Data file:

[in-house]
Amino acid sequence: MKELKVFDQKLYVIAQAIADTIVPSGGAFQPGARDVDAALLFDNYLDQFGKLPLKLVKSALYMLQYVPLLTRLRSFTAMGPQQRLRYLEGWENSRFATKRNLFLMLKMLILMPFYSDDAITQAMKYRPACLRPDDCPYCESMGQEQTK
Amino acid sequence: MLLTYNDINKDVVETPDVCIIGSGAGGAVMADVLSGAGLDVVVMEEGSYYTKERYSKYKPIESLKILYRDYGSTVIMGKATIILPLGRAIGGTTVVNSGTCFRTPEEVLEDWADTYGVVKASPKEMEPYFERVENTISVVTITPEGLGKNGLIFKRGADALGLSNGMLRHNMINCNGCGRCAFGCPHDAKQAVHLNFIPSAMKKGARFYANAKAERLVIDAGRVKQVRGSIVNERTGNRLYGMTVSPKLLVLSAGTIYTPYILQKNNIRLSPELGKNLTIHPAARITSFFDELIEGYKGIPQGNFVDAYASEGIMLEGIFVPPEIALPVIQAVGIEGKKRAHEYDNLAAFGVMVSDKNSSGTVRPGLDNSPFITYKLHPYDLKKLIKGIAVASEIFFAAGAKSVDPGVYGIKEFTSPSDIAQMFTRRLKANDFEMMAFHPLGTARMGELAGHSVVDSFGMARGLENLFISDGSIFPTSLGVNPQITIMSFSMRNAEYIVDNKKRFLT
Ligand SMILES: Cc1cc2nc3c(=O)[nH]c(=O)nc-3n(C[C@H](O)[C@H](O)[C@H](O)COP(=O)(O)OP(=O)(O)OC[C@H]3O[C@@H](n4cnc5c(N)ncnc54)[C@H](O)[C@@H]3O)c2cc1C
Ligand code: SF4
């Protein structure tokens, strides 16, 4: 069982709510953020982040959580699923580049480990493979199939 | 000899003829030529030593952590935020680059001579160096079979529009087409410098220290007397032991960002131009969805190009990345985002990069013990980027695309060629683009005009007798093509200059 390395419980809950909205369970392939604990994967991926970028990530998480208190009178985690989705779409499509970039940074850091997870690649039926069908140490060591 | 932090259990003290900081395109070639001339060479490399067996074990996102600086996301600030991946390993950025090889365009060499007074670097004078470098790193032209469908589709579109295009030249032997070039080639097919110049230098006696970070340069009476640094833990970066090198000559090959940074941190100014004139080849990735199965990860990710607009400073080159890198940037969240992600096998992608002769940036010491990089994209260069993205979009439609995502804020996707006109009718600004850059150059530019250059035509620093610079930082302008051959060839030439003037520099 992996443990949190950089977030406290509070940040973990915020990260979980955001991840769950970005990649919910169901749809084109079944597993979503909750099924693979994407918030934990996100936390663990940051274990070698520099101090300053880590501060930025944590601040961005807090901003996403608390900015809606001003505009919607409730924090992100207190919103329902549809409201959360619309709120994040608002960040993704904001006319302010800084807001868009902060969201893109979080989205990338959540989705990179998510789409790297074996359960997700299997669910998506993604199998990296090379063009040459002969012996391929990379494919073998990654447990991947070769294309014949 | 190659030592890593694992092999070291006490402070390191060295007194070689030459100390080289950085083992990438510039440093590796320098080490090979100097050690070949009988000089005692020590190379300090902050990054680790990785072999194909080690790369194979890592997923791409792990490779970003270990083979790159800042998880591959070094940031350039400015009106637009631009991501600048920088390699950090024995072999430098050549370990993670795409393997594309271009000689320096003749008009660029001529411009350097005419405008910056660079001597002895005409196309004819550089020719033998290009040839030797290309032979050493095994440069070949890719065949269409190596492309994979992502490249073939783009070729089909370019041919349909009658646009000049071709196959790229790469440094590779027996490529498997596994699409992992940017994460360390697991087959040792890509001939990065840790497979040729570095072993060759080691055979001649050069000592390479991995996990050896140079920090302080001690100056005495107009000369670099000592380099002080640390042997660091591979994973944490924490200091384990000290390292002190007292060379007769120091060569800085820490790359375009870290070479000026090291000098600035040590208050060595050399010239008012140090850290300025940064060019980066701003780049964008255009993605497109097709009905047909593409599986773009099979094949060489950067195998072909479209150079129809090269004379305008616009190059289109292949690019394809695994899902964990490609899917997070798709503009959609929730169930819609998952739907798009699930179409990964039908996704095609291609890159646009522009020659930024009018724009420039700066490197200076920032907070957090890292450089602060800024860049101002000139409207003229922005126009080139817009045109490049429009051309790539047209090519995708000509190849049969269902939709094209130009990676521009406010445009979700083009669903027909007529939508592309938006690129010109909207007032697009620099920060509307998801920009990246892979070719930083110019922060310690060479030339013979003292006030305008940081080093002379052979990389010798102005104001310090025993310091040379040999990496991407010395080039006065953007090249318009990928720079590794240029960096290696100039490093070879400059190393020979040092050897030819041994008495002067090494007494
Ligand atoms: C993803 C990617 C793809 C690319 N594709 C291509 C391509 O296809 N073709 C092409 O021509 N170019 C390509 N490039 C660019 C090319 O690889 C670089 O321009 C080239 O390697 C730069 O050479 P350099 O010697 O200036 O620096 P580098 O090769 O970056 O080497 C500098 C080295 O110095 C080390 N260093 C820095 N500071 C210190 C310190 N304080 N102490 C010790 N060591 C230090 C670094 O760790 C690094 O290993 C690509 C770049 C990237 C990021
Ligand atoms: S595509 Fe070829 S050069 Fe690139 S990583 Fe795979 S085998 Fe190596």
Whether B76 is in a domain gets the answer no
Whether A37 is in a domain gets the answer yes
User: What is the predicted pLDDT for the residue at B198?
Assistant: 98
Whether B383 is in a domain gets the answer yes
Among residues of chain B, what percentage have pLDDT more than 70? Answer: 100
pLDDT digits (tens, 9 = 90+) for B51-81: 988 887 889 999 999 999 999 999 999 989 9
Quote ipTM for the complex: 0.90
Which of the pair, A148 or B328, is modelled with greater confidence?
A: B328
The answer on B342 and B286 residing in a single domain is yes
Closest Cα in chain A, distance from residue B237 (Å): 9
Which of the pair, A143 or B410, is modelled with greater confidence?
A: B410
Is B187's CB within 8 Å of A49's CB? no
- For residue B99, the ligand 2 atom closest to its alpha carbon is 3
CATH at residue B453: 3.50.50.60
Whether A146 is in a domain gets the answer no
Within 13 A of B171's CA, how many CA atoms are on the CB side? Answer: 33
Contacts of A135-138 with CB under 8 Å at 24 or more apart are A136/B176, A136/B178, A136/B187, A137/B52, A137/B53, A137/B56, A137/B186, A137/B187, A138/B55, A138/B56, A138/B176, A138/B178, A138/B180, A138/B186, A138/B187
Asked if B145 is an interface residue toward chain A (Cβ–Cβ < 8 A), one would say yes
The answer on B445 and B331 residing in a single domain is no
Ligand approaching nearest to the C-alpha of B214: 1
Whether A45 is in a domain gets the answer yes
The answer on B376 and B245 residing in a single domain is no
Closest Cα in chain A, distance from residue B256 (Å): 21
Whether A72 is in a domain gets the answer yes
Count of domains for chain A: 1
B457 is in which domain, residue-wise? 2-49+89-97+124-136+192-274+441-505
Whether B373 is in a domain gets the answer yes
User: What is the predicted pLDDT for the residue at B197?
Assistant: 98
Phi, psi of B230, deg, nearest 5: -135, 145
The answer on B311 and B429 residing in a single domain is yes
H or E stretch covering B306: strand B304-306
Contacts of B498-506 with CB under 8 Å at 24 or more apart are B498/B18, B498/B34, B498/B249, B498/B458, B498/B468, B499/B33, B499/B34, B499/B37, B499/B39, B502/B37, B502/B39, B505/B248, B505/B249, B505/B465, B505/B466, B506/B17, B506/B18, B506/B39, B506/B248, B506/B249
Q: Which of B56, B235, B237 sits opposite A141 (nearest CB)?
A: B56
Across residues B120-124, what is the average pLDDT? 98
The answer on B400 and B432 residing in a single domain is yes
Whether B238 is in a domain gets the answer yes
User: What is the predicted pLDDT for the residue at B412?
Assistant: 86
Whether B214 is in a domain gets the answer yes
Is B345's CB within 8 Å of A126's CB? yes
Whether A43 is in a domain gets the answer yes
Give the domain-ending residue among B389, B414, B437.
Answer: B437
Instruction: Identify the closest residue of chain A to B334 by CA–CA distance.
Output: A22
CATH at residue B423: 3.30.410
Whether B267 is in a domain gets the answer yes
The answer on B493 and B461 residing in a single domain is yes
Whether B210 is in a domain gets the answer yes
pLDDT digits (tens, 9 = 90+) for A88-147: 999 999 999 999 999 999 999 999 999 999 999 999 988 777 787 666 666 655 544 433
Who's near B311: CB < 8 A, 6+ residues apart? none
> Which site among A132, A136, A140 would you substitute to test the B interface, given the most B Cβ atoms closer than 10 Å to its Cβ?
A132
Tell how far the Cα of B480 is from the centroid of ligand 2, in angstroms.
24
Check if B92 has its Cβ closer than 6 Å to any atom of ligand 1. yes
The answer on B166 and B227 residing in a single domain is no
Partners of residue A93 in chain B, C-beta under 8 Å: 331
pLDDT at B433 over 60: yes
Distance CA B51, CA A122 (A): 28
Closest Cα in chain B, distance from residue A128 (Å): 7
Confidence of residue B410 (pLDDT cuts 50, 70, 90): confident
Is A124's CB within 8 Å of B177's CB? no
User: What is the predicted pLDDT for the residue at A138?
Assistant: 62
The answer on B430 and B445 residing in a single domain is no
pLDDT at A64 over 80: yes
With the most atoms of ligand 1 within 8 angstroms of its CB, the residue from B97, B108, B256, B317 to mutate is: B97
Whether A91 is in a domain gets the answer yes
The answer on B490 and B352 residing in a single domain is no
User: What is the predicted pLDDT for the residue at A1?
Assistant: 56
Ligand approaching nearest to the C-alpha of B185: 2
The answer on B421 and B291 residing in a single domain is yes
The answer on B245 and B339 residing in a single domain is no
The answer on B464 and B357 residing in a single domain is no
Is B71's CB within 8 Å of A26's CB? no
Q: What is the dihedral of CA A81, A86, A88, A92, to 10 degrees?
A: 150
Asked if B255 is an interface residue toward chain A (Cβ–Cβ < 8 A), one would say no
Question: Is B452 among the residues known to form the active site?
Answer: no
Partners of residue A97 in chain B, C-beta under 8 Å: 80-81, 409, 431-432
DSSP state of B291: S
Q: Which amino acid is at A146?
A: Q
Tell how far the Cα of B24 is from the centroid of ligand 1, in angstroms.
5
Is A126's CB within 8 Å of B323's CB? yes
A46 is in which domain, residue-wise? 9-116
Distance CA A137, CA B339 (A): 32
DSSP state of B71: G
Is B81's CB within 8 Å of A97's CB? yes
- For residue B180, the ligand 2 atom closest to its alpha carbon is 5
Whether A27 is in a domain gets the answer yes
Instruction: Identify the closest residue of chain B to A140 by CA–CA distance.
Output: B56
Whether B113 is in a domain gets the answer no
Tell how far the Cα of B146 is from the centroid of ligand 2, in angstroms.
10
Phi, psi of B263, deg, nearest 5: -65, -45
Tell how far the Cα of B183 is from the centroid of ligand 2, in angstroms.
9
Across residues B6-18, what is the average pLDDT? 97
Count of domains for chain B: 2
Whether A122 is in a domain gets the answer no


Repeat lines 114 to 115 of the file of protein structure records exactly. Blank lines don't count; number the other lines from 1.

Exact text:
Phi, psi of B263, deg, nearest 5: -65, -45
Tell how far the Cα of B183 is from the centroid of ligand 2, in angstroms.